A while back there was a thread I saw talking about the difficult things about being a security professional. I enjoy these kinds of things, because it’s always enlightening to hear how your peers and colleagues see the world—and how differently they may see it from you.
Of course there’s the obvious, “focusing on the basics” because that’s effectively the root of almost all the high-profile security breaches, but I’m going to save that one for another day.
The one in particular that I hear quite often – and probably surprises me the most, at least on one level – is the one that goes along the lines of:
“I’m just overwhelmed. Every day there are new vulnerabilities, and it’s nearly impossible to keep up with it!”
Now one thing you may or may not know about me is that I’m a big fan of animation, so I tend to watch a lot of animated movies—with or without my children. One of the ones I saw recently was Secret Life of Pets 2, which, admittedly, I didn’t think was quite as good as the first one.
I won’t get into the whole thing, but there’s two dogs: a city dog named Max and a farm dog named Rooster. Now, Rooster’s a pretty cool dog, not to mention being voiced by Harrison Ford, and he pretty-much runs the farm.
He has everything under control. One bark stops a sprinting turkey dead in his tracks, and to get the cows or sheep in line, all it takes is a stern look and maybe a short, “Get back in there!” command.
Rooster is THE BOSS.
Max on the other hand is quite different. He’s generally pretty skittish, and makes his own trouble that somehow, and mostly by accident, he manages to solve thanks to the help of his friends—or simply blind luck.
And in the second movie, Max’s owners have a new baby, so of course, Max is about as over-protective as you can possibly get. Everything’s a possible threat, and he jumps at just about everything.
In fact, Max is the pretty typical dog who’d be happily lying there, and then see a squirrel, and tear off after it, forgetting what he was doing (provided he wasn’t afraid of it). Hours later, he’d return, thinking himself the bad-arse, having chased all the squirrels away and protected the world from harm.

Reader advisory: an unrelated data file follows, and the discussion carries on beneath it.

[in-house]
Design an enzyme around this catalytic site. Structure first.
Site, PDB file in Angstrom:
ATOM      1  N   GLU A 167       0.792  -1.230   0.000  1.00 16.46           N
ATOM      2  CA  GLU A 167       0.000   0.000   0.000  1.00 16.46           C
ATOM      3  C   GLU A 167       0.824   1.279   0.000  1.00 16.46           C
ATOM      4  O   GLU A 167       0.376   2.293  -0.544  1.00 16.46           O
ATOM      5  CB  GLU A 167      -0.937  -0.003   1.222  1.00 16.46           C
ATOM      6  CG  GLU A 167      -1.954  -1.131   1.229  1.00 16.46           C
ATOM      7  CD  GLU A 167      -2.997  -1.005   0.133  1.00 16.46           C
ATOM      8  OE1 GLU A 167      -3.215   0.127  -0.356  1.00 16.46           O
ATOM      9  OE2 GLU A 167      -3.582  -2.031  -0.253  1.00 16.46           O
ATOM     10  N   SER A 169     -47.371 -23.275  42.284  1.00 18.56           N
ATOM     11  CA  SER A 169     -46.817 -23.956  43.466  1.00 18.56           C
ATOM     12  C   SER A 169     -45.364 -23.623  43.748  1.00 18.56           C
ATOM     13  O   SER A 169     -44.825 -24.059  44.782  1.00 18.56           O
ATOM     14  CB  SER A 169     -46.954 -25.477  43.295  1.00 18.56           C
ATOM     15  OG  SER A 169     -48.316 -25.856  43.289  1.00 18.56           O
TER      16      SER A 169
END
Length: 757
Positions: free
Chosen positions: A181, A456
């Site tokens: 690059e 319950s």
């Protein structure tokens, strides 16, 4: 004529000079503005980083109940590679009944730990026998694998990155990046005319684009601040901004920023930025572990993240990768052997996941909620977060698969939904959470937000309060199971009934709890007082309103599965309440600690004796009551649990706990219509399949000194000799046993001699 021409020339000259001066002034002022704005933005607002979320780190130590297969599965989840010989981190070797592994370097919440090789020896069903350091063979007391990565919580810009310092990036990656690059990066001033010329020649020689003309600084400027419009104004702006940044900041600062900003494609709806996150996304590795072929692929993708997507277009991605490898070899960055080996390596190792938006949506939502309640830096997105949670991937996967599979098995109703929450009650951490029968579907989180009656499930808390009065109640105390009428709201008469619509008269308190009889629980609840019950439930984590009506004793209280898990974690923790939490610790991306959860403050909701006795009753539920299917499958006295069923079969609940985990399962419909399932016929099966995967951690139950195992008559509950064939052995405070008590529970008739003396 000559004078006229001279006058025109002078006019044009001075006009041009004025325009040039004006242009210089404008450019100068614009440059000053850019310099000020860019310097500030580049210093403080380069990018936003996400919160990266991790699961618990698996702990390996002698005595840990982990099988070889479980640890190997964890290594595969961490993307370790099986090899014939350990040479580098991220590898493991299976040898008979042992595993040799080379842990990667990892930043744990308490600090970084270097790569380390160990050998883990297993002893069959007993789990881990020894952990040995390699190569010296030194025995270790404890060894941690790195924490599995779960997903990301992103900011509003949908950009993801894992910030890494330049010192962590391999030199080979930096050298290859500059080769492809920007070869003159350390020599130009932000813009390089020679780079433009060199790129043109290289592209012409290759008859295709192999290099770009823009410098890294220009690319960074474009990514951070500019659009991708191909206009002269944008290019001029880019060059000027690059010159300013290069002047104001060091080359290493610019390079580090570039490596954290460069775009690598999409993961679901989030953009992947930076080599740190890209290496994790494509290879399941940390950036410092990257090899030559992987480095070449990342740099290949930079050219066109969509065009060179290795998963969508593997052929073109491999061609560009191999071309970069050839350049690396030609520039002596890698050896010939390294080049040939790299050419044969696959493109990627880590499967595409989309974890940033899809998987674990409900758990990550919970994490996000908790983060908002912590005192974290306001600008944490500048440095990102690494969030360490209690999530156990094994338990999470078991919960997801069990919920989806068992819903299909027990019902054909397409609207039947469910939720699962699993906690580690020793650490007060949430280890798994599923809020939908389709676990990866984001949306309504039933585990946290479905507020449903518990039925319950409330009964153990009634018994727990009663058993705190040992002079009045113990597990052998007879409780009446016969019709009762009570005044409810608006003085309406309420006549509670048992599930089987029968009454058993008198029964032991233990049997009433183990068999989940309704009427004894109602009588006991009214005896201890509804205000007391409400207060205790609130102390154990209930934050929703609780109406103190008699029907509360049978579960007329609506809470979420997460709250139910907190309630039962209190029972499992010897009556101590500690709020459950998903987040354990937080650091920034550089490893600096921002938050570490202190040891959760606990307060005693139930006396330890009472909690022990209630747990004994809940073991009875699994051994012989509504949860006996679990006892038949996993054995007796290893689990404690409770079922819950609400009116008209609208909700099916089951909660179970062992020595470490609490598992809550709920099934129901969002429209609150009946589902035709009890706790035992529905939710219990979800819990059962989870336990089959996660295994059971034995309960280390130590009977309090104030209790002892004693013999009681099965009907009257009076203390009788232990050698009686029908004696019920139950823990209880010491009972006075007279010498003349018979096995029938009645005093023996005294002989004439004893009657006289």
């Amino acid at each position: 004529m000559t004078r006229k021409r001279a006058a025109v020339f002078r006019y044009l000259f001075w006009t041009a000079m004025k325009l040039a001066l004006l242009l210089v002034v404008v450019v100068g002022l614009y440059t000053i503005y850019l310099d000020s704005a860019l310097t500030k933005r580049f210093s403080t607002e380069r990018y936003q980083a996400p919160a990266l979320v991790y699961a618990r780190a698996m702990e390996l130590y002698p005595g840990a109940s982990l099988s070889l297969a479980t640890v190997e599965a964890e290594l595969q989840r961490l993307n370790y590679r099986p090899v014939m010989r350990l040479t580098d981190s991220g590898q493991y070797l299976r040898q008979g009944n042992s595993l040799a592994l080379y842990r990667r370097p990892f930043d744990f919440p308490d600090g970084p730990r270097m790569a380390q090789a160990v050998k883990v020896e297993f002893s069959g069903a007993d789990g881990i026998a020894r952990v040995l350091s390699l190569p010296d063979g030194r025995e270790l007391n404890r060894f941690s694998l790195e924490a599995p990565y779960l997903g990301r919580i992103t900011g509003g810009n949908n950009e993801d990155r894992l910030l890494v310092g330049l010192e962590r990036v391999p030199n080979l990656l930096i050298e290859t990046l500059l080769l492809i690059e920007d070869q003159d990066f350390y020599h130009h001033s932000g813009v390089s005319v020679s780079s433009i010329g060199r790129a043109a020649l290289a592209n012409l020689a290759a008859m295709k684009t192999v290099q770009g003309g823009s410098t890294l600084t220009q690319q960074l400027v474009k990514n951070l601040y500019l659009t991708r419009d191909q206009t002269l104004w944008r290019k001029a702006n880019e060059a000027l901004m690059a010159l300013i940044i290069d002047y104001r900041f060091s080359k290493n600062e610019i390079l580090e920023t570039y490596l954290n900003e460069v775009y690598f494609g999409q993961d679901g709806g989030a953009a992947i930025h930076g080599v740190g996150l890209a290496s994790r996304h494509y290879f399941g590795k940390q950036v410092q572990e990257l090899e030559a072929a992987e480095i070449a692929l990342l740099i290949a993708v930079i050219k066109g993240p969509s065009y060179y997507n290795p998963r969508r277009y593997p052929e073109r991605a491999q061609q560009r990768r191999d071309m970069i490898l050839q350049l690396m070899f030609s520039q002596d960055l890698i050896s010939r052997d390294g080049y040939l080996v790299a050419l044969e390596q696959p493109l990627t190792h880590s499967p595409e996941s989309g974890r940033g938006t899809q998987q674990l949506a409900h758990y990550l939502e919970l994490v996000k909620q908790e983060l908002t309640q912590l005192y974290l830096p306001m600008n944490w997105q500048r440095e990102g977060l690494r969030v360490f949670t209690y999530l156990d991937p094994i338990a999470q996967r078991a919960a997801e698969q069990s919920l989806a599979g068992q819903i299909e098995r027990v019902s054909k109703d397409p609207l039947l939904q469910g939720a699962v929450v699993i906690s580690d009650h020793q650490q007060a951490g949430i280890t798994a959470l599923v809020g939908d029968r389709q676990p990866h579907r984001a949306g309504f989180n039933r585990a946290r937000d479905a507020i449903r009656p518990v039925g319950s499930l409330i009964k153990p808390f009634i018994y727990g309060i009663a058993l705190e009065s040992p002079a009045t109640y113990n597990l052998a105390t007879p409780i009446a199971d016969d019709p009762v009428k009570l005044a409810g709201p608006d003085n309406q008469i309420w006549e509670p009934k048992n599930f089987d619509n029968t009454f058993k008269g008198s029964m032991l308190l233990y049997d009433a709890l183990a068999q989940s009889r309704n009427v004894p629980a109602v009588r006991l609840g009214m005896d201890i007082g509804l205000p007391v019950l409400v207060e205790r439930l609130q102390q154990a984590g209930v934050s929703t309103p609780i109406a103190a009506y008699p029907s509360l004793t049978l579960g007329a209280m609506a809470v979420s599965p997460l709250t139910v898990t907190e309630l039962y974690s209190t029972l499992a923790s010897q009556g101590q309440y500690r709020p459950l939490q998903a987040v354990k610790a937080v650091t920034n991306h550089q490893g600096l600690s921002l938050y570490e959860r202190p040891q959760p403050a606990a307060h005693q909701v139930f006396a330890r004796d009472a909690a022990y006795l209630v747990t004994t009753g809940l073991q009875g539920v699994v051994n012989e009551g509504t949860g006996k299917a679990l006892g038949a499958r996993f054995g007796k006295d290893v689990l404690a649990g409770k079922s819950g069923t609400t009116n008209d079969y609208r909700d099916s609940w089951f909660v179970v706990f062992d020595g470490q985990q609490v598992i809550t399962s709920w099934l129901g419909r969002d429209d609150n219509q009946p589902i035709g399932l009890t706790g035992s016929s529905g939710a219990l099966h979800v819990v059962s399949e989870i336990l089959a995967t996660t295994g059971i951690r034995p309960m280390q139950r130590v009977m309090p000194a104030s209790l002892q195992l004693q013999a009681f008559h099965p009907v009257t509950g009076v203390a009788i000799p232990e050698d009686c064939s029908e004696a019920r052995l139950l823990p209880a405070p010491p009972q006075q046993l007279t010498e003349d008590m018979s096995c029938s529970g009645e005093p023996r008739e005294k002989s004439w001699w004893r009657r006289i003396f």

Of course, the squirrels are likely sitting in the trees, pissing themselves laughing at having kept the dog occupied for so long with such little effort.
Given the same squirrel, Rooster would probably just raise his head, look at it, and if it didn’t get the message, maybe give a soft, “Woof!” and send it on its way—if he bothered to engage with it at all.
So it strikes me that there are a lot of security professionals who behave like Max, and there are far fewer security professionals that behave like Rooster.
And the primary difference gets back to my email yesterday about classification. Rooster’s much better at understanding what’s a real threat that needs to be actioned and what’s already been assessed, actioned and should be under control.
In my experience, there aren’t a lot of security programs that can do this effectively.
They simply don’t know how.
Or…if they do, they haven’t managed to put together the tools that allow them to actually learn from their experiences and leverage it for the future.
Back to Max and Rooster after Max explains why the toddler’s locked in a portable crib so that he can’t get out and hurt himself.
Rooster says, “Kid gets hurt, he learns not to do it again. You know how many electrical cords I chewed?”
Max asks slowly, “Like…multiple cords?”
“One,” Rooster says reverently. “It shocked me,” he said. “I walked backward for a week, but I never chewed a cord again.”
So, which dog would you rather be? The one afraid of everything, reacting the same way every time, or the one that learns, is able to leverage what they know so they conserve their energy (and their budget) for the things that really matter?
If you want to develop the skills to learn effectively, codify that knowledge in ways you can leverage in the future so you can stay focused on adding real value to the organization and be the Rooster of security architects…
Here’s the link for how you can do just that: https://archistry.com/besa
Eventually, we all get tired of chasing squirrels and find a better way—or we get out of the game. It’s always your choice which one you do.
Andrew S. Townley
Archistry Chief Executive